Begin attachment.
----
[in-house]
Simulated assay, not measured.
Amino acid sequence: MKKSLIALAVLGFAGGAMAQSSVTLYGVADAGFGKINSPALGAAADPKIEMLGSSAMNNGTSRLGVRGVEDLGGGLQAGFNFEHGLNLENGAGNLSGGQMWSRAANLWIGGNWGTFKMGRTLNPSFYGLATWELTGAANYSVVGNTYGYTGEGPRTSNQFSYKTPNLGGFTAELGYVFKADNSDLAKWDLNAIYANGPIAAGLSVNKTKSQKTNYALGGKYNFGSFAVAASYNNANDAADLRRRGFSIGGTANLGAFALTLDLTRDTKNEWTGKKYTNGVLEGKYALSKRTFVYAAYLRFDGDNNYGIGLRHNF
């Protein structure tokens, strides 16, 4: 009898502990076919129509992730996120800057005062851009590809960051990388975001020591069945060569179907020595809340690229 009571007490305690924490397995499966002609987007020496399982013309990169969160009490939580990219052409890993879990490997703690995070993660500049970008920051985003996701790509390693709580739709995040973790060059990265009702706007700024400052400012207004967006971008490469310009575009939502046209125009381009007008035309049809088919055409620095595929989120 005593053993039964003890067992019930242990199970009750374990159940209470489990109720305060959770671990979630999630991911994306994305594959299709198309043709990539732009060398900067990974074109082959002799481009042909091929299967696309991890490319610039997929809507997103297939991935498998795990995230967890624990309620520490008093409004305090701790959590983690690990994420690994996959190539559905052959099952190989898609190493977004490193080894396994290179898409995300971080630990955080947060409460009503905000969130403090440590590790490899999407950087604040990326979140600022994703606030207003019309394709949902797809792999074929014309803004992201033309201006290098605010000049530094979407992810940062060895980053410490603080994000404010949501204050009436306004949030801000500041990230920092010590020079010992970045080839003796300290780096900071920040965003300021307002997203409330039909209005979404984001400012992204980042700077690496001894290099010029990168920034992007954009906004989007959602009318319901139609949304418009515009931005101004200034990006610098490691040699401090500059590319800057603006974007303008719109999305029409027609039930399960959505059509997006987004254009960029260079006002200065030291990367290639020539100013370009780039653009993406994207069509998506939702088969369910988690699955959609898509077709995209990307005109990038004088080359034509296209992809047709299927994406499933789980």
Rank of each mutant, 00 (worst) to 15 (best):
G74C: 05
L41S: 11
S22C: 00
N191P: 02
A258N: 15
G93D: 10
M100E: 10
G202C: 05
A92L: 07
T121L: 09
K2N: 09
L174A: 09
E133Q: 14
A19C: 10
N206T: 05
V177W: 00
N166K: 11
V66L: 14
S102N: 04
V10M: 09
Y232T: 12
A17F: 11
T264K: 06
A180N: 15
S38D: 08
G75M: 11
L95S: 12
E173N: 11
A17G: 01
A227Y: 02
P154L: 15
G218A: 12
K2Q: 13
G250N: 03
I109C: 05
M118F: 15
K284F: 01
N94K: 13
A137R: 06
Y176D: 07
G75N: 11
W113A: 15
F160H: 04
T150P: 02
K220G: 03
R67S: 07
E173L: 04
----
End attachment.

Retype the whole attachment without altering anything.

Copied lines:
[in-house]
Simulated assay, not measured.
Amino acid sequence: MKKSLIALAVLGFAGGAMAQSSVTLYGVADAGFGKINSPALGAAADPKIEMLGSSAMNNGTSRLGVRGVEDLGGGLQAGFNFEHGLNLENGAGNLSGGQMWSRAANLWIGGNWGTFKMGRTLNPSFYGLATWELTGAANYSVVGNTYGYTGEGPRTSNQFSYKTPNLGGFTAELGYVFKADNSDLAKWDLNAIYANGPIAAGLSVNKTKSQKTNYALGGKYNFGSFAVAASYNNANDAADLRRRGFSIGGTANLGAFALTLDLTRDTKNEWTGKKYTNGVLEGKYALSKRTFVYAAYLRFDGDNNYGIGLRHNF
């Protein structure tokens, strides 16, 4: 009898502990076919129509992730996120800057005062851009590809960051990388975001020591069945060569179907020595809340690229 009571007490305690924490397995499966002609987007020496399982013309990169969160009490939580990219052409890993879990490997703690995070993660500049970008920051985003996701790509390693709580739709995040973790060059990265009702706007700024400052400012207004967006971008490469310009575009939502046209125009381009007008035309049809088919055409620095595929989120 005593053993039964003890067992019930242990199970009750374990159940209470489990109720305060959770671990979630999630991911994306994305594959299709198309043709990539732009060398900067990974074109082959002799481009042909091929299967696309991890490319610039997929809507997103297939991935498998795990995230967890624990309620520490008093409004305090701790959590983690690990994420690994996959190539559905052959099952190989898609190493977004490193080894396994290179898409995300971080630990955080947060409460009503905000969130403090440590590790490899999407950087604040990326979140600022994703606030207003019309394709949902797809792999074929014309803004992201033309201006290098605010000049530094979407992810940062060895980053410490603080994000404010949501204050009436306004949030801000500041990230920092010590020079010992970045080839003796300290780096900071920040965003300021307002997203409330039909209005979404984001400012992204980042700077690496001894290099010029990168920034992007954009906004989007959602009318319901139609949304418009515009931005101004200034990006610098490691040699401090500059590319800057603006974007303008719109999305029409027609039930399960959505059509997006987004254009960029260079006002200065030291990367290639020539100013370009780039653009993406994207069509998506939702088969369910988690699955959609898509077709995209990307005109990038004088080359034509296209992809047709299927994406499933789980």
Rank of each mutant, 00 (worst) to 15 (best):
G74C: 05
L41S: 11
S22C: 00
N191P: 02
A258N: 15
G93D: 10
M100E: 10
G202C: 05
A92L: 07
T121L: 09
K2N: 09
L174A: 09
E133Q: 14
A19C: 10
N206T: 05
V177W: 00
N166K: 11
V66L: 14
S102N: 04
V10M: 09
Y232T: 12
A17F: 11
T264K: 06
A180N: 15
S38D: 08
G75M: 11
L95S: 12
E173N: 11
A17G: 01
A227Y: 02
P154L: 15
G218A: 12
K2Q: 13
G250N: 03
I109C: 05
M118F: 15
K284F: 01
N94K: 13
A137R: 06
Y176D: 07
G75N: 11
W113A: 15
F160H: 04
T150P: 02
K220G: 03
R67S: 07
E173L: 04